US 2112581 A
Description (OCR text may contain errors)
March 29, 1938. G. E. TACEY SYRINGE I Filed April 10, 1957 INVENTOR. I 0/4031; 5'. Easy BY 6M 2M ATTORNEY.
Patented Mar. 29, 1938 UNITED 'STATES PATENT OFFICE SYRINGE Gladys E. Tacey, Detroit, Mich.
Application April 10,
This invention relates to syringes, more particularly to that type of syringe utilized to irrigate and convey a medicated liquid directly to an internal part of the human body such as the rectum, bowels, or vagina.
An object of the invention is to provide a syringe of the character described that is of simple and comparatively inexpensive construction and is of the bulb type wherein, in the act of filling with water and expelling the same by pressure on the bulb, water during the expelling of the liquid is forced into a chamber containing a medicine in a compressed form which, in the compression and expansion of the bulb, will cause a definite amount of the medicine to be discharged into the liquid being expelled.
The invention further consists in the structure and arrangement of the parts whereby the apparatus is caused to function at each operation of the syringe.
As previously stated, the syringe is adapted for irrigating and applying a medicine of a desired character such, for instance as permanganate of potash, diojen, mentholine blue etc., or other type of medicine as may be required for the parts being treated.
These and other objects and novel features of the invention are hereinafter more fully described and claimed, and the preferred form of construction of a syringe embodying my invention is shown in the accompanying drawing in which Fig. 1 is a partial section showing the operative parts of my improved syringe in the preferred form of construction.
Fig. 2 is a section taken on line 22 of Fig. 1.
The syringe consists of a nozzle portion I, to the end of which is secured a compressible bulb 2. The nozzle portion I may be of any desired material such as hard rubber and the bulb itself may of flexible rubber. The nozzle has a channel therein which opens to the bulb and may be of any desired form here shown as having an end portion l extending on a curve to the remaining portion of the nozzle and at the end or tip, the nozzle is provided with a discharge aperture 5.
The bulb on the lower side of the nozzle in the construction herein shown is. formed with an enlargement providing a chamber 8 and the wall 1 between the chamber 6 and the channel 3 pro vided with an aperture 8 providing for communication between the forward end of the chamber 5 and the channel 3. At the rear end, the chamher is provided with threads to receive the threaded plug 9, a flexible packing It] being provided between the under side of the head and the face 1937, Serial No. 136,135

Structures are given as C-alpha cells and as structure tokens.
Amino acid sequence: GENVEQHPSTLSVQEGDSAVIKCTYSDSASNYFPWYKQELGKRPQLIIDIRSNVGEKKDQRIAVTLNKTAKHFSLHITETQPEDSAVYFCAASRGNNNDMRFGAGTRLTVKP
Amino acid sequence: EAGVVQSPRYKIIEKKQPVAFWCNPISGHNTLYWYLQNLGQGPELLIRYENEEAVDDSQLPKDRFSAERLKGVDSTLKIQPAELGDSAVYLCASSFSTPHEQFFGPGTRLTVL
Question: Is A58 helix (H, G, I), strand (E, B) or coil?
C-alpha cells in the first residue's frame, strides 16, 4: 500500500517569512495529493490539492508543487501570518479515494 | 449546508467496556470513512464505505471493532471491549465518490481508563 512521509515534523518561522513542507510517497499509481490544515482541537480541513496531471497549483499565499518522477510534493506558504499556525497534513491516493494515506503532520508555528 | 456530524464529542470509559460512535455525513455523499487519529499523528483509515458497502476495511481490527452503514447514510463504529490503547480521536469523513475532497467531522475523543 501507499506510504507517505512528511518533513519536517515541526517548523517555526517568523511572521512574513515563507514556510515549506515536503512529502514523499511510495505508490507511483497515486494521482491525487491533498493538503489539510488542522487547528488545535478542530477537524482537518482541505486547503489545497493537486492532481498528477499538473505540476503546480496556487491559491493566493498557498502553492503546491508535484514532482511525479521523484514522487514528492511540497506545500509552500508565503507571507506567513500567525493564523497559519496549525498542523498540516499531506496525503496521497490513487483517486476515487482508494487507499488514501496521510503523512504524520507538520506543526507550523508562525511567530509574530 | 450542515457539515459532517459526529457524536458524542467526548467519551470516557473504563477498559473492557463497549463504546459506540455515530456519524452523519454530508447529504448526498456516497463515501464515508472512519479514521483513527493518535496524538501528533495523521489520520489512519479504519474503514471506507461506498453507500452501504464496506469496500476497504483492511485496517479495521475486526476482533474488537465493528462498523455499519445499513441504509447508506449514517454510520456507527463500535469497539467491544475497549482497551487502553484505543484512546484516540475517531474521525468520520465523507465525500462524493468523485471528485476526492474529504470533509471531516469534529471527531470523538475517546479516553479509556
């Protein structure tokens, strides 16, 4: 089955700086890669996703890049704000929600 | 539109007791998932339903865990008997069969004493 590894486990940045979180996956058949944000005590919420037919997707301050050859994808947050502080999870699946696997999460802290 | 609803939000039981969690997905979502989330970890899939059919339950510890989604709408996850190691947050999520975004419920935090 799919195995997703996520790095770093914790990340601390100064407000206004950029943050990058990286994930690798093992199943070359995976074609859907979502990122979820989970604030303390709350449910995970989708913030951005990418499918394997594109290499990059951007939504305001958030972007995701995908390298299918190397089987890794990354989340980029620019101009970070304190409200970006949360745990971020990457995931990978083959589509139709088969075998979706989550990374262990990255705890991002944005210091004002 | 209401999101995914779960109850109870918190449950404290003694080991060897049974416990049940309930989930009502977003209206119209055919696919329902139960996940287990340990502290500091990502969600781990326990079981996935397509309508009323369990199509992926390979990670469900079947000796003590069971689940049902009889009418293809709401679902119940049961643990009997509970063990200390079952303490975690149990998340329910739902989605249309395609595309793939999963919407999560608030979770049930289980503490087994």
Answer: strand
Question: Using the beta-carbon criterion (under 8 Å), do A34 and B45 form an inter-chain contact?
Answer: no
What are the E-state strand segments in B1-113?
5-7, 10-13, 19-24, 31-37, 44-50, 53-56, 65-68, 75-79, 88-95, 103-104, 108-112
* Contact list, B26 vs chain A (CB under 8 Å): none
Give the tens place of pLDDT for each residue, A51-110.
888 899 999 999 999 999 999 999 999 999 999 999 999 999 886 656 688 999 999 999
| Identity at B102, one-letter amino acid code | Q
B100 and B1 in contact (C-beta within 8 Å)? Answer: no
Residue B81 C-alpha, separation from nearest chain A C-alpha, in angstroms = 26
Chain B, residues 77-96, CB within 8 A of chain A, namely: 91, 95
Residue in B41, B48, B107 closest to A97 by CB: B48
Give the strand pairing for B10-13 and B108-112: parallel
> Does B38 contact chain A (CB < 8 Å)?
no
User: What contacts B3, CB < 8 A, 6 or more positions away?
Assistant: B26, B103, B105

of the enlarged portion in which the chamber 6 is provided and thus the chamber is sealed to atmosphere at the plugged end. By removal of the plug 9, the tablets ll may be readily introduced into the chamber 6.
The medicine to be used is in the form of compressed capsule shaped tablets I I. The hard compressed tablets do not rapidly disintegrate or the grains tend to plug the outlet 8 of the chamber 6 as may be the case with a medicine of loose granular form.
The syringe functions in the following manner:
The nozzle end 4 is introduced into a container of clear water, the bulb 2 compressed to force considerable of the air out of the channel 3 through the aperture 5 but the air which is contained in the chamber 6 will not be forced out due to the fact that it is under pressure of the air caused by compressing the bulb in the channel 3 in expelling air from the nozzle. On release of the bulb, suction is produced in the channel 3 drawing the clear liquid into the channel 3 and possibly into the bulb and the air pressure in the chamber 6 is released. Now, upon expelling the clear liquid in the first instance of use, liquid pressure is developed in the channel 3 and liquid is forced into the chamber 6 and about the tablets therein and compressing the air in the chamber. Upon again introducing the nozzle end t into the vessel containing clear water and expelling the air, the subsequent release of the bulb will again draw clear water into the channel and the air under pressure produced in previous discharge of liquid forces the now medicated liquid through the aperture 8 into the liquid in the channel 3. Thus, after the first filling of the syringe with clear water and discharging the same, each succeeding operation of the syringe will, in expelling the liquid, carry with it medicated liquid from the chamber 6. Therefore, operation of the device subsequent to the initial operation as described, clear liquid drawn into the syringe is impregnated with a predetermined quantity of medicine.